AMD has announced a suite of new mobile GPUs at Computex this week. The new cards, which are all based on its RDNA2 GPU family, will offer improved gaming performance and sizable Infinity Caches.
AMD retains the same tactic in mobile that we saw the company use on desktop, namely using less memory bandwidth and compensating for the decrease with a large L3 cache. The Radeon 6800M, 6700M, and 6600M will offer 192-bit, 160-bit, and 128-bit memory interfaces, respectively. They’re backed with a 96MB, 80MB, and 32MB L3 cache.
A few bits of information the PCMag chart above doesn’t cover. Board TGPs (Total Graphics Power) are 145W+, 80-135W, and 50-100W, respectively, and OEMs will have the option to tune their targets. The clock speeds above are accurate for a given power output, but AMD will sell these chips into a range of systems. TGP measures the total output of the graphics card, not just the GPU core. Second, memory clocks: All of these GPUs include GDDR6 at up to 16Gbps.
One difference that you need to keep in mind when comparing mobile GPUs from Nvidia and AMD is between the two companies’ new messaging. For years, both Nvidia and AMD maintained different products for mobile and desktop, with mobile products differentiated by the use of the “M” suffix or the word “Mobile.” Today, Nvidia products all carry the same branding, desktop or mobile.
AMD’s Radeon 6800 Mobile is roughly equivalent to the 6700 XT, with somewhat lower clocks and what looks like better overall binning. We can’t really compare with “145W+”, but the gap between the 6700M and the 6800M in other respects is modest. The 6700M offers most of the VRAM, memory bandwidth, and clock of the 6800M, and most of the Infinity Cache as well.
The stepdown from the 6700M to the 6600M is much sharper. The 6600M only offers 32MB of Infinity Cache and a 128-bit memory bus, though the GPU clock stays high. Again, we see that AMD chose to emphasize high clocks and narrow chips for RDNA2. It’d be interesting to know more about the thinking behind the design.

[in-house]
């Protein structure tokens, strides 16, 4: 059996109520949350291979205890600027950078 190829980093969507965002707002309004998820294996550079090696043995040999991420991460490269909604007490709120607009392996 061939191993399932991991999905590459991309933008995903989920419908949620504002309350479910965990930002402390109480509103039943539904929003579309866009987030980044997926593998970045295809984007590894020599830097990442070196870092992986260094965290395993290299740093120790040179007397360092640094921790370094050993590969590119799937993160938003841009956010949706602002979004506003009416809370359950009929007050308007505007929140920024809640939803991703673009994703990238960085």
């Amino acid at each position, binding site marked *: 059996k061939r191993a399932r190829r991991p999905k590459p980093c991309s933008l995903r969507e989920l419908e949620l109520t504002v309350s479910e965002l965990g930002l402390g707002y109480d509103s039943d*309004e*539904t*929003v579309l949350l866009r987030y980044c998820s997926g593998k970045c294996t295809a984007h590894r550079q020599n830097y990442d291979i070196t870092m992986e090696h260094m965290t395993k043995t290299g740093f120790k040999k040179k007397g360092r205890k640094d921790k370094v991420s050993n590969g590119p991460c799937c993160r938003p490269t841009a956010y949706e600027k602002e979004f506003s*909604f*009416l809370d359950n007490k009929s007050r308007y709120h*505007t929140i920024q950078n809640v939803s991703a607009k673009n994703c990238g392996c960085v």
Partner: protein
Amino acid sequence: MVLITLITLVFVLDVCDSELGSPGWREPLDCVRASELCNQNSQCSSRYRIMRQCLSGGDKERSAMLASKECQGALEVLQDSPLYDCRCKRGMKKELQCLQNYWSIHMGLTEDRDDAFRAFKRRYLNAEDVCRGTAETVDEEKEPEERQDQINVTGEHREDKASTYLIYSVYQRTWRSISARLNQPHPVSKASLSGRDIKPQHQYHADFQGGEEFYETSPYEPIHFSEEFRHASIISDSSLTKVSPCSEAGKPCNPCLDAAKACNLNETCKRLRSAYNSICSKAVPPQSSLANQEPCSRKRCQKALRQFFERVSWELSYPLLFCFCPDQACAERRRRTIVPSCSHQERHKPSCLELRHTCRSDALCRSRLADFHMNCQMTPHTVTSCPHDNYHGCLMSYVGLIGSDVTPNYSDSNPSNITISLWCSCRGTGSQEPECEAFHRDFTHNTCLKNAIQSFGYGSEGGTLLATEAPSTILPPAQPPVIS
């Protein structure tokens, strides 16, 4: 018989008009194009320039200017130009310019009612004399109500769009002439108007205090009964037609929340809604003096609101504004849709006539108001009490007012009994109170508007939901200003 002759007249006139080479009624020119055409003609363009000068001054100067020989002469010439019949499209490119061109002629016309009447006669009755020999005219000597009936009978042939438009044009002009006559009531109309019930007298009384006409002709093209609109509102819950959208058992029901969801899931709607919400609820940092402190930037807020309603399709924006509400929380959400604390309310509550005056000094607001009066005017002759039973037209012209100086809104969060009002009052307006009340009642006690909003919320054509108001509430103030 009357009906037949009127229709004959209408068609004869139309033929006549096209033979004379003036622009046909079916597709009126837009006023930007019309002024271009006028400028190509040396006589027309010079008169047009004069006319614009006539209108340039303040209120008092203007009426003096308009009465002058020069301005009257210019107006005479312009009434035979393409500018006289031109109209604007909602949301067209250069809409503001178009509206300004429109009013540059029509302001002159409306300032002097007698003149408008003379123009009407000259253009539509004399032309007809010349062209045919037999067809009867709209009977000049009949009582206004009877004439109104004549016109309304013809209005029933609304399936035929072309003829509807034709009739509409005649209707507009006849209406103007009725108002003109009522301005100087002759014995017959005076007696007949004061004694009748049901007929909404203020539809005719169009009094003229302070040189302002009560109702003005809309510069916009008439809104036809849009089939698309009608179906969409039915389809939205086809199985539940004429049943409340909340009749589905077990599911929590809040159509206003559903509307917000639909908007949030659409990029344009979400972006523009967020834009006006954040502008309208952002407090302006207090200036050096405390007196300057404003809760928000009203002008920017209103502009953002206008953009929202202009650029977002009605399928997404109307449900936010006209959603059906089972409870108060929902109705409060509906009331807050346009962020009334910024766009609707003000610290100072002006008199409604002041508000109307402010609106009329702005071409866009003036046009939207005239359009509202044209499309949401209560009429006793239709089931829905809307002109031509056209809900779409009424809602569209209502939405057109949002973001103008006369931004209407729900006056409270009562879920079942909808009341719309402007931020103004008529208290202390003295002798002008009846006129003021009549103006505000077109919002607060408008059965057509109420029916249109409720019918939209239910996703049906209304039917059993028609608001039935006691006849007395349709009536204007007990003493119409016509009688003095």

When we reviewed the 6700 XT earlier this year, our IPC comparison between the 6700 XT and 5700 XT suggested that the 6700 XT was very power efficient in comparison to its predecessor, but not at the clock speeds AMD was targeting. When we cut the 6700 XT down to 1.85GHz, or approximately the clock speed on our 5700 XT, power consumption dropped sharply — by over 100W. AMD is undoubtedly binning more aggressively more mobile compared with desktop, but we’re a little surprised the company didn’t opt for wider, slower chips to better compete with Nvidia.
AMD’s claims for performance wins are also pretty narrow, especially for benchmarks the company opted to publish itself. The gap between the 6600M and the RTX 3060 at 1080p looks a little larger, according to PCMag, but AMD isn’t arguing in favor of dramatic upsets here.
AMD’s Ryzen 5000 CPUs have been quite popular in desktop and mobile systems in 2021, so we’ll see if the advent of new RDNA2-powered GPUs leads to an uptick in all-Team Red systems.
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